Another way to look at momentum is from a lens of being ‘overbought’ or ‘oversold.’ While on a short-term basis being ‘overbought’ can act as a headwind for stocks, it’s often a longer-term bullish sign of strong interest in the stock as buyers push momentum to high levels. By looking at the number of stocks that are seeing a high level of momentum via the RSI indicator we can get a different view of the health of momentum for the overall S&P 500 index. Similar to the chart above, we saw a peak in the percentage of S&P 500 stocks with their respective RSI above 70 (a commonly used level to denote ‘overbought’ status) just above 24%. As the index headed higher fewer and fewer stocks have been able to push their momentum readings above this threshold, with just 6.15% of the S&P 500 stocks getting ‘overbought.’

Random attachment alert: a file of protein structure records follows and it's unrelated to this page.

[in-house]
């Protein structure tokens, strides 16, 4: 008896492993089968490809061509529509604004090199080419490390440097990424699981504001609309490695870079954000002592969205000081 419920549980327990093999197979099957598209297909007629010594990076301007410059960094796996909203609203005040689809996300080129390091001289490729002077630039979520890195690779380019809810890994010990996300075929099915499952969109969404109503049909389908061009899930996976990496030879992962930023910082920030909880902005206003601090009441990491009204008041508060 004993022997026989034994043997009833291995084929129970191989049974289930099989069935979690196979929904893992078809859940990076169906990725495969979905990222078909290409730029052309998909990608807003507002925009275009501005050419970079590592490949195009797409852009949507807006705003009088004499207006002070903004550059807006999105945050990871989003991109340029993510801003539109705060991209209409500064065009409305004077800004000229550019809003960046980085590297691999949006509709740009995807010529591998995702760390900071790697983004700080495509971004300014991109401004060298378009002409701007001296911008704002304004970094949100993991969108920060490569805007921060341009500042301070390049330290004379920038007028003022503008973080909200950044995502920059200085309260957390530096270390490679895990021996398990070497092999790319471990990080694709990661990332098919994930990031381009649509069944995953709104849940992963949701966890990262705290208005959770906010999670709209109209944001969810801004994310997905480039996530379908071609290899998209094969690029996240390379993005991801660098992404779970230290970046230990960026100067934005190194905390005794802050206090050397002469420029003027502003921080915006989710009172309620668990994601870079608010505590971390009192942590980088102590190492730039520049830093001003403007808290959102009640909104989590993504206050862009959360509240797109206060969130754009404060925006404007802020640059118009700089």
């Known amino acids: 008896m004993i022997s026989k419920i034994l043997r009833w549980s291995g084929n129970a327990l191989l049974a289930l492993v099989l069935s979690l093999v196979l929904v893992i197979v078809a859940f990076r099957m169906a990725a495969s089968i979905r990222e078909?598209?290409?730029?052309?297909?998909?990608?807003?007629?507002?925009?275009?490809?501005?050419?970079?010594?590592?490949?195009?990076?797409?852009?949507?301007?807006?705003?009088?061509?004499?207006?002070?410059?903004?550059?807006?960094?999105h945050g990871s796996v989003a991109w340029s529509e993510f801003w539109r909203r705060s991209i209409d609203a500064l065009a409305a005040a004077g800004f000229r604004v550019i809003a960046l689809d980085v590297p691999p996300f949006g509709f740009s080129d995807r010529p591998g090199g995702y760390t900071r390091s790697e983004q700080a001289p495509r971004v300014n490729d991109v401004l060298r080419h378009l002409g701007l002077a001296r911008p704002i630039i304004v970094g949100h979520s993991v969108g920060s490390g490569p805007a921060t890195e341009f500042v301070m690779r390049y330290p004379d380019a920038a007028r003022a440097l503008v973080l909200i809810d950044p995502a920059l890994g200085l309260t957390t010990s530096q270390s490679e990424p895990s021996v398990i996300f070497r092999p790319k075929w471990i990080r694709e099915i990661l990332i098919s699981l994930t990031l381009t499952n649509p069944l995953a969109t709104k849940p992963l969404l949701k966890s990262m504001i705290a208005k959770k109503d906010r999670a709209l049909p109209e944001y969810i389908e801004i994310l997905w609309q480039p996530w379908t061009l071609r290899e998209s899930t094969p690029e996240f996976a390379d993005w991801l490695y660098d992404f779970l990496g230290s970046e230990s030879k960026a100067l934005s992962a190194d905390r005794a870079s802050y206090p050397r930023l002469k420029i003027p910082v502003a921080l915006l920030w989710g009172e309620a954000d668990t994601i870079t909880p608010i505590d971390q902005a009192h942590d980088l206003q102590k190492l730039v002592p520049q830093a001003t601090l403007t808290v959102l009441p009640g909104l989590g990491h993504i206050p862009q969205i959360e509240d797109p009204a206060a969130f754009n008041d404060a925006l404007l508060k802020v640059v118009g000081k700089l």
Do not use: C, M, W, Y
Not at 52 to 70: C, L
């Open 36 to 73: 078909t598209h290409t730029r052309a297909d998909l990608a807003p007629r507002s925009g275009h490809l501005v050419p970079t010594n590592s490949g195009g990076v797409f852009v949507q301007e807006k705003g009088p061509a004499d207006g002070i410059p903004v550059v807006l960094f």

So there we have it. When looking at the S&P 500, the 50-day Moving Average seems to have become a favorite level of dip-buyers to step up their activity. As of this writing, we are still well above the 50-day as well as the shorter-term, 20-day with the index just a few points off its all-time high. If we do see weakness in equities I’ll be watching the prior June high as well as the 50-day MA as potential support levels. We are still in a well-defined up trend and that shouldn’t be discounted too quickly. There are plenty of catalysts that could keep prices buoyed, but it’s also important to understand the historical market implications and patterns that we also are facing. This should make for an interesting August for sure!